Friday, October 7

Prisoners of war: between horror and despair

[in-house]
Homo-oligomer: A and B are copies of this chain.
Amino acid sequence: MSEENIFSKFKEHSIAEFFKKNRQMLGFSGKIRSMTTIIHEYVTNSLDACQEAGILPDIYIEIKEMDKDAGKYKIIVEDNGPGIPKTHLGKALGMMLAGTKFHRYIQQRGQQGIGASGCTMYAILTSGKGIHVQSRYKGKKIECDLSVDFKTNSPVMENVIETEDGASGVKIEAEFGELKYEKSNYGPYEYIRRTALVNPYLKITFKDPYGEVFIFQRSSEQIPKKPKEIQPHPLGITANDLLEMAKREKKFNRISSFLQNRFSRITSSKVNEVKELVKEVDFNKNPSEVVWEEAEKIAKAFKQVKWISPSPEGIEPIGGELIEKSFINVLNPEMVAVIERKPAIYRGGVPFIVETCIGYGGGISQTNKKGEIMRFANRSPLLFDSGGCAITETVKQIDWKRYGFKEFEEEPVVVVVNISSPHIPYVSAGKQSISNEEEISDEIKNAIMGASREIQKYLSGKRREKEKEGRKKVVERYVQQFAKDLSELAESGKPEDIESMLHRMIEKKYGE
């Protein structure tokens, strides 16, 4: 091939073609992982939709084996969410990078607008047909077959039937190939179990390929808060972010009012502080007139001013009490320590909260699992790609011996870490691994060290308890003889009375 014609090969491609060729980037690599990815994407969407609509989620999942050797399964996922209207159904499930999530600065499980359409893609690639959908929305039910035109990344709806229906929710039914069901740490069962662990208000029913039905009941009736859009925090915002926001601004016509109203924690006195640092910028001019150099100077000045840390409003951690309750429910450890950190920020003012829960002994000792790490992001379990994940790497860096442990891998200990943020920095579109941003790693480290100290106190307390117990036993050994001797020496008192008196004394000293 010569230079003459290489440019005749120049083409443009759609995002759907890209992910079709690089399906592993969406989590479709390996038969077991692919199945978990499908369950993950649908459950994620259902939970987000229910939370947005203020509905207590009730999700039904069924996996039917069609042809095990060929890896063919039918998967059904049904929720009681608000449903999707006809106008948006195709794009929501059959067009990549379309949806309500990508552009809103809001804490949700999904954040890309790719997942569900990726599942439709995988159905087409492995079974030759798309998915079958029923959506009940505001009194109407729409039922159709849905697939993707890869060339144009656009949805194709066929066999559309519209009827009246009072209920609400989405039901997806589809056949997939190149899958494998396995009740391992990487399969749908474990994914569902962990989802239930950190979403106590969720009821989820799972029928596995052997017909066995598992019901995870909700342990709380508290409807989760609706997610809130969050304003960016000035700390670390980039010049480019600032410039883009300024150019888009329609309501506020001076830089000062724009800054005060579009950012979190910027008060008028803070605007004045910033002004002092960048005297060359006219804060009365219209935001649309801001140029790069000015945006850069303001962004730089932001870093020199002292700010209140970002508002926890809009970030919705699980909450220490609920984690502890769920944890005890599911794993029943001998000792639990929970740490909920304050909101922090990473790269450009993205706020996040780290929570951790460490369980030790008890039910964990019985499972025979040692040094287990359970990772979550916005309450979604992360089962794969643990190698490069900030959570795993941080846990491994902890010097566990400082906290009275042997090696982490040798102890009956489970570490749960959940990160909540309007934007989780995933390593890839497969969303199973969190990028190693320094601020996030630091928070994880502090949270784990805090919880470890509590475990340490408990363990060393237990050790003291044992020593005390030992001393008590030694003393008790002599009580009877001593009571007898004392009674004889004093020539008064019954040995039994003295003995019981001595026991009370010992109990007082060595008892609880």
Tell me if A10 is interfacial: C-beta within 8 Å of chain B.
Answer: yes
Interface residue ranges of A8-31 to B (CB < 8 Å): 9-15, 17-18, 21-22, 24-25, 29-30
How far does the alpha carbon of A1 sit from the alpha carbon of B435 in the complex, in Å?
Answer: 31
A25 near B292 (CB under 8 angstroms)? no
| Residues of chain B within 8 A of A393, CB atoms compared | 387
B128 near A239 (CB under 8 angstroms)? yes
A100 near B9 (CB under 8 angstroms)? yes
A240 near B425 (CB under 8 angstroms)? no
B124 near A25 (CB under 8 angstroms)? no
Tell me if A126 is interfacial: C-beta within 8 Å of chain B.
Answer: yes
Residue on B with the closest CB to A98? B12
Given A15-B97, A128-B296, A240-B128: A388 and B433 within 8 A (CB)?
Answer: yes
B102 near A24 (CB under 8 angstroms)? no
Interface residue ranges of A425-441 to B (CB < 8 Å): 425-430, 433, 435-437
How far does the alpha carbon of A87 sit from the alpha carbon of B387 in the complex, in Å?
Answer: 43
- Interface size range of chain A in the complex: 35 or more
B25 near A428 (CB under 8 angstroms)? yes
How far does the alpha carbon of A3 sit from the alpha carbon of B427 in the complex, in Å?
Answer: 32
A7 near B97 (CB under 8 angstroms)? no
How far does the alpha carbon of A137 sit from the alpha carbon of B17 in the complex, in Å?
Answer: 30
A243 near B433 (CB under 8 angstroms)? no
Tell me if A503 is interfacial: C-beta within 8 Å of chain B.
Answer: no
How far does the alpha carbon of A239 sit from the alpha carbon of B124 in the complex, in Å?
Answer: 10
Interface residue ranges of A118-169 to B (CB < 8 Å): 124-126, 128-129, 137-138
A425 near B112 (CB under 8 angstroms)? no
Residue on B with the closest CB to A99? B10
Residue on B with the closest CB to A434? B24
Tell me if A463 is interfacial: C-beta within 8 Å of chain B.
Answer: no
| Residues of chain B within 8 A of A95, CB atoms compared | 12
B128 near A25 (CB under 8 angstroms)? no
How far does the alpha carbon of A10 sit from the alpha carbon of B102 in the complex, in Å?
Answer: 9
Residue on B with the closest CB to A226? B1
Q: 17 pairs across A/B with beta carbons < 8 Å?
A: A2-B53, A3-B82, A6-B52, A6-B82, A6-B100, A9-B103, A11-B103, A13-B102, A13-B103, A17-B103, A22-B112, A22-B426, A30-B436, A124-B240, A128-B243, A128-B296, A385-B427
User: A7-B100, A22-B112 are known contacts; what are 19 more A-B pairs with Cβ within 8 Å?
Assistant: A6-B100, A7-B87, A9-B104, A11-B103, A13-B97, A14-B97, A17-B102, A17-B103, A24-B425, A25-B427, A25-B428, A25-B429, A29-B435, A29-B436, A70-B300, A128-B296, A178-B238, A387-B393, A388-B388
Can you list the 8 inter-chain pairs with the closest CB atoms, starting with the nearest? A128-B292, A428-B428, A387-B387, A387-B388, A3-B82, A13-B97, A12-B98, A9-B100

The last exchange of prisoners of war between Russia and Ukraine took place on June 29 and there is still no date for a new exchange. Then each of the parties released 144 soldiers, a number that, although the real figures of those captured on either side are unknown, are guessed to be insignificant. The massacre of Ukrainian military captives on Friday in a penal colony in Olenivka, in the self-proclaimed Donetsk People’s Republic, has further increased mutual suspicion and mistrust. Nobody believes that the situation is going to be unblocked in the short term. The prisoners seem to have become a bargaining chip for anything but their release. The Russian antenna of the International Committee of the Red Cross (ICRC) maintains that there are “thousands” of requests for help received in writing from relatives of Russian soldiers whose whereabouts are unknown. They want to know if and where they are prisoners or if they fell in combat and it is possible to recover their bodies. Related News standard No Moscow and kyiv are accused of the death of 40 Ukrainian prisoners in the bombing of a prison in Donetsk YES The Kremlin affirms that the attack was carried out with long-range missiles supplied to Ukraine by the United States The same is happening on the Ukrainian side and, above all, with the mothers and wives of the components of the so-called Azov battalion, who complain that they have not been able to speak to them once on the phone since they laid down their arms and surrendered to the Russian and separatist forces last May 17. This unit of the Ukrainian Army, considered neo-Nazi by Moscow, fiercely defended the Azovstal steelworks in Mariúpol for three months. Probably, a large part of their fighters perished on Friday in the strange attack on the Olenivka prison. According to the agreement reached in May with the mediation of the UN and the Red Cross, they should have been exchanged for Russian soldiers. But the rebel leaders of Donbass have already announced that, regardless of what was agreed with the United Nations, the commanders of the Azov battalion and the foreign brigade members would be sentenced to death for “war crimes.” AFP In an attempt to unblock prisoner exchanges, the Verkhovna Rada (Ukrainian Parliament) this week amended the Penal Code so that even Russian soldiers convicted of atrocities can be exchanged, something that until now the law did not allow. A new article has been added to the Penal Code, 841, on “exoneration from serving a sentence in relation to a decision to transfer a convicted person to exchange him as a prisoner of war.” In such a case, the sentence would be annulled. On May 23, a kyiv court sentenced for the first time a Russian soldier, Vadim Shishimarin, to life in prison for war crimes, specifically for killing a civilian from the Sumy region. After appealing the ruling, this week his sentence was reduced to 15 years in prison. On the other hand, a court in the Poltava region sentenced two Russian soldiers, Alexander Bobikin and Alexander Ivanov, to 11 years and 6 months in prison for bombing residential areas in the Kharkov region. The exchanges are stopped But, after the exchange carried out at the end of June, the head of the Russian Instruction Committee, Alexander Bastrikin, announced that there would be no more exchanges in the near future. He proposed using the captured people “for reconstruction work on destroyed infrastructure.” According to Bastrikin, prisoners of war “will be kept in preventive detention centers – like the one destroyed on Friday in Olenivka – while the investigations last” to determine what crimes they may have committed. The Russian judicial official put the number of Ukrainian prisoners of war at 2,000. Russian soldiers searching Ukrainian soldiers evacuated from the besieged Azovstal steel plant in Mariupol AFP Days later, on July 6, Defense Minister Sergey Shoigu raised the number to 3,826, of which 2,439 surrendered in Azovstal. For their part, the separatist authorities in Donbass claim to have captured some 8,000 Ukrainian soldiers. The one that has not yet provided figures, neither of prisoners nor of deaths in combat, is the Government of kyiv. The status of prisoners of war is defined by the Third Geneva Convention of 1949, which also applies when war has not been officially declared. Such is the current case, since the ongoing invasion of Ukrainian territory is described by the Kremlin as a ‘special military operation’. However, organizations such as Human Rights Watch (HRW) or Amnesty International maintain that both Moscow and kyiv fail to comply with the provisions of Geneva in relation to the captives. Russia and Ukraine also accuse each other of torture, atrocities and mistreatment of imprisoned soldiers.


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